Blog No. 50
I have an ipod. It was a gift to myself when I went away for teacher’s college. My family has always been pretty big into music and my collection of CDs at the time was in the low hundreds. If I added what my brother had it was more than double that. The prospect of dragging all those CDs to London (Ontario) and trying to find room for them in my tiny apartment was not a pleasant one. So I shelled out three hundred dollars for an ipod classic and spent the better part of a week loading the music off my CDs onto my computer. It was 80 GB (gigabytes) of space and I had plenty of room for all my music. The thing was amazing; one small device had more space than my first laptop. I still have it and though it is out of room and the battery doesn’t last as long as it used to, I have no desire to buy a new one. Mostly because there aren’t nearly as many options as there used to be.
Most ipods have become touch models, which are basically iphones without the phone part. I do think they are really cool devices, but I’m in the market for large storage and have no desire for bells and whistles. I can still get an ipod classic (and now they are 160 GB) but I can’t justify spending the money when I have a device that still does the job. What bothers me though (and something has to bother me, I’m writing a blog post after all) is that there are no other options for me. Progress has moved the ipods into an area where phones exist instead of where discmen used to be. Phones are so advanced and have so much space that many people don’t need dedicated music players anymore. But I want (and often use) my entire music collection at my fingertips. I find myself asking why they went and changed the ipods in the first place but then I remember that I didn’t get the first generation myself. There is probably a guy out there who wondered why they even bothered changing the first one. Who really needs a new menu system and a colour screen? It just uses more battery. That poor guy doesn’t even have the limited options I have.
It has something to do with everyone having his or her own preferences and needs but when is progress too much or just a money grab? I lived in the VHS era and had a pretty substantial collection of my own (though my parent’s tape collection dwarfed mine). Back in the 90s I was excited for DVDs. Here was a new technology that was going to add a lot to my movie watching experience. I think I was most excited for no more rewinding, but it was also a loss-less video with better sound and picture and extras on the disc. I didn’t like the prospect of buying my collection over again, but I embraced the change. My parents were a little slower to the change but once it became apparent that they wouldn’t have a lot of options they made the switch and so did everyone. But then Blu-ray came along.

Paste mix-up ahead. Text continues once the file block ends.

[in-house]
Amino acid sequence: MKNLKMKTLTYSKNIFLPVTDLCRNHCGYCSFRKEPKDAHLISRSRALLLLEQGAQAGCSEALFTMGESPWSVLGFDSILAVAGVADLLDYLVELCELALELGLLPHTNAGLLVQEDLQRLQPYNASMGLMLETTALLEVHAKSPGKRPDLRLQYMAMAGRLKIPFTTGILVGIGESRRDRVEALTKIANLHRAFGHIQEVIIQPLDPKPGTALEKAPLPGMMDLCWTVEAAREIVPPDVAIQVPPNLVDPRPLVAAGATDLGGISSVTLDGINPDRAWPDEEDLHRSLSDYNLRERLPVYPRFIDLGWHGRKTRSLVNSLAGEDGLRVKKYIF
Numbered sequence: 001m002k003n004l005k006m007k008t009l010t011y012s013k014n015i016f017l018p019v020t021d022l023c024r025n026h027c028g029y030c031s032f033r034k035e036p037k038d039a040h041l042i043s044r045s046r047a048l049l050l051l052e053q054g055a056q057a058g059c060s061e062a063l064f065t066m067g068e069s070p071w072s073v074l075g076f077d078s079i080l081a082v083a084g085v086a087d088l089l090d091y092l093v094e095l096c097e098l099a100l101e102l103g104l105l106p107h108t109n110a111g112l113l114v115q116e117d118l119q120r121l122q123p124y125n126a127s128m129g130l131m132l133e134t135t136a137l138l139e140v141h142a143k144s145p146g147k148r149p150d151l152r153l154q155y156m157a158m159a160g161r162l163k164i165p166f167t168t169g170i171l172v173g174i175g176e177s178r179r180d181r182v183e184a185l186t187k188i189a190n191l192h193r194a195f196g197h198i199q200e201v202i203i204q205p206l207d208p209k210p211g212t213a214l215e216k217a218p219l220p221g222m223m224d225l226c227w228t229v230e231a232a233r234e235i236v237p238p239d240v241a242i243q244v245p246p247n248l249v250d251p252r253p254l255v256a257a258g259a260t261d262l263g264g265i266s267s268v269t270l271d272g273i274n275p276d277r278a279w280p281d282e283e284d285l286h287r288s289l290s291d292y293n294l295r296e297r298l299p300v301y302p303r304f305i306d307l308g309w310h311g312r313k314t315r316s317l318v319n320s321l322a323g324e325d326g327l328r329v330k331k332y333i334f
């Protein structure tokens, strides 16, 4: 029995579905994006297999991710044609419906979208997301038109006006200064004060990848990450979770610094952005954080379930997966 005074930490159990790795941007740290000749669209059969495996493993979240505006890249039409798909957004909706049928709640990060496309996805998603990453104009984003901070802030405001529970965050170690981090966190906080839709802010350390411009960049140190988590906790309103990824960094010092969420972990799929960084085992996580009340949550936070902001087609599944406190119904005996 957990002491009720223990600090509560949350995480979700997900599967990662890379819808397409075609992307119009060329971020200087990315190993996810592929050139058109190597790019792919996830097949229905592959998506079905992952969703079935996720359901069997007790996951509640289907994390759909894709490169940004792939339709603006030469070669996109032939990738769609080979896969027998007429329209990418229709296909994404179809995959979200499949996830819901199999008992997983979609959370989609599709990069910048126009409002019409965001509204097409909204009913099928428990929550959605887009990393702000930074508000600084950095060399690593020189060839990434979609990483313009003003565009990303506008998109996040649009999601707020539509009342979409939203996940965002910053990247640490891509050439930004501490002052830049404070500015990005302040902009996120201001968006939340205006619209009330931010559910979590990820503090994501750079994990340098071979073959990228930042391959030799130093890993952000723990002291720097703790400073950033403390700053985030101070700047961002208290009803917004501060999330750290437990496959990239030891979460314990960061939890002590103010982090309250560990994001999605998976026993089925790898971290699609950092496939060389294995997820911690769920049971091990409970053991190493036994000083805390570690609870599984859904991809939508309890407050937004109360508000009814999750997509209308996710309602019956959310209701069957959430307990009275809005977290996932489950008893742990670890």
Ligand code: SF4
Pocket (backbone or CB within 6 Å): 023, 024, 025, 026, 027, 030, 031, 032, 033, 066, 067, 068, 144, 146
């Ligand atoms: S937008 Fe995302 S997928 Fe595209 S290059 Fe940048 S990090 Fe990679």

Here was a new disc type that, though it could hold more information and therefore have even better picture and sound, neither my parents or I bought into it. It was too much of another change too soon without enough of an upgrade. It was replacing a disc that still worked with another disc that was more expensive and had pretty much the same thing on it. I couldn’t justify it, I didn’t want to start buying all over again. It was progress with no point. At least to me. Plenty of other people I know have made the switch, but now with digital storage so much better and internet speeds on the rise it’s even easier to just get a Netflix account and/or store your media on a hard drive.
I suppose I nullified my own argument (or at least I upgraded it). I have to admit that sometimes there is a benefit to progress and upgrades bit it is always annoying. There is always something to get used to or to learn and when the benefit is small or negligible it doesn’t make a lot of sense. It fells like upgrading things even though they work. My brother and I like to play video games together and we are always flummoxed when we go to play the sequel to a game we enjoyed and everything from the look and feel to the controls are different. My parents can’t stand it when their email is upgraded. What they had worked and the changes are just another thing for them to learn. When things change people tend to get used to it but some features are gone, some new ones are complicated or even pointless. Sometimes though, you end up with something even better than it was before. I can’t imagine using email the same way it was handled in the 90s and using a discman would be a pain now that I have an ipod.
My whole argument is looking at just the scope of my life too. I can imagine that the gramophone raised a few eyebrows along with the car and the TV. I once lived in a house without a computer. Not a big deal for anyone older than me but a crazy thought to those younger. Now I have dozens. Even my ipod is a computer, and its only function is to store and play music. Now I’m faced to admit that this whole post (or even blog) is as pointless as the progress I was deriding. Progress is bigger than people and can lead to some amazing things, but in the scope of people it has the risk of being perceived as pointless and annoying (because sometimes it is).